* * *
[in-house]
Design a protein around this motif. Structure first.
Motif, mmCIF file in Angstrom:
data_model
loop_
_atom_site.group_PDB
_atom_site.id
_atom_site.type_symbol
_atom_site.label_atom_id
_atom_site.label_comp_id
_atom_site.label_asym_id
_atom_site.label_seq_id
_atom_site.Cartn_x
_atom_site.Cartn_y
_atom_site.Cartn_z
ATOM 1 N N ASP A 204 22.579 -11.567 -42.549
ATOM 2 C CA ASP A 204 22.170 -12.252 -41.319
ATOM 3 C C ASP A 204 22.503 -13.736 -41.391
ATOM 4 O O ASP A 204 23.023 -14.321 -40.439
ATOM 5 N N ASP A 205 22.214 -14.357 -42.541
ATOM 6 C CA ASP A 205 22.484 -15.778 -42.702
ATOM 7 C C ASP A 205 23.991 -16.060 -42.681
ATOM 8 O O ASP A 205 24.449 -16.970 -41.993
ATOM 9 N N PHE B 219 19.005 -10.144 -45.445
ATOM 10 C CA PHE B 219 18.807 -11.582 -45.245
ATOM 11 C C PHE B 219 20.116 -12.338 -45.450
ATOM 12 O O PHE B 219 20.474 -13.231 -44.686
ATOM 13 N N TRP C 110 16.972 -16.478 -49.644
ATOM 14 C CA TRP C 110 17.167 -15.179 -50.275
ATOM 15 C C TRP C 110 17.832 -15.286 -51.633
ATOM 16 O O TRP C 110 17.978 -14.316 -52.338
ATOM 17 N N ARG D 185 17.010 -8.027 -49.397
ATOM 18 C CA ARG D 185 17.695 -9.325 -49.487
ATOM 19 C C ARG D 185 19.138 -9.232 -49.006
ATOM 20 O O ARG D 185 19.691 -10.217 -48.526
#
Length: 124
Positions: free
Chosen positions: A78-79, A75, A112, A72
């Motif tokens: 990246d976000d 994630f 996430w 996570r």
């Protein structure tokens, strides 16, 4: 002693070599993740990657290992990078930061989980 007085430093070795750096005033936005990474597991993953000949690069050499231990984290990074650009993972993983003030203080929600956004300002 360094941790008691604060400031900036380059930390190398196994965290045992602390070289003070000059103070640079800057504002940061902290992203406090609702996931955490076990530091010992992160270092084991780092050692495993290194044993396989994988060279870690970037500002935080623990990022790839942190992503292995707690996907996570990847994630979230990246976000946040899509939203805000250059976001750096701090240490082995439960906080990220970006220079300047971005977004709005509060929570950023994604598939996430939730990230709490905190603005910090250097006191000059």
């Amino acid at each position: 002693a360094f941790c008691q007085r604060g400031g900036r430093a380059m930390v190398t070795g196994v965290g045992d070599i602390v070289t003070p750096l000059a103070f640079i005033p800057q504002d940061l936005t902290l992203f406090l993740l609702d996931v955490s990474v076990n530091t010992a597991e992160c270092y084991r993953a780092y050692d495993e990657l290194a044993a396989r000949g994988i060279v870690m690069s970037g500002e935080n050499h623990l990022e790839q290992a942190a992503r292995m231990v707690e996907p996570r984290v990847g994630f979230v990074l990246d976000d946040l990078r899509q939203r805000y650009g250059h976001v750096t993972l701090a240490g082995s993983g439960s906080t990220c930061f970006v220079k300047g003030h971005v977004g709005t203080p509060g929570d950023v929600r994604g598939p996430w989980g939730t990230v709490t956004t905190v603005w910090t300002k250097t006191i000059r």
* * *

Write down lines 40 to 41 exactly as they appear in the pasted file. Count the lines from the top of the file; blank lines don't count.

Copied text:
């Motif tokens: 990246d976000d 994630f 996430w 996570r």
């Protein structure tokens, strides 16, 4: 002693070599993740990657290992990078930061989980 007085430093070795750096005033936005990474597991993953000949690069050499231990984290990074650009993972993983003030203080929600956004300002 360094941790008691604060400031900036380059930390190398196994965290045992602390070289003070000059103070640079800057504002940061902290992203406090609702996931955490076990530091010992992160270092084991780092050692495993290194044993396989994988060279870690970037500002935080623990990022790839942190992503292995707690996907996570990847994630979230990246976000946040899509939203805000250059976001750096701090240490082995439960906080990220970006220079300047971005977004709005509060929570950023994604598939996430939730990230709490905190603005910090250097006191000059």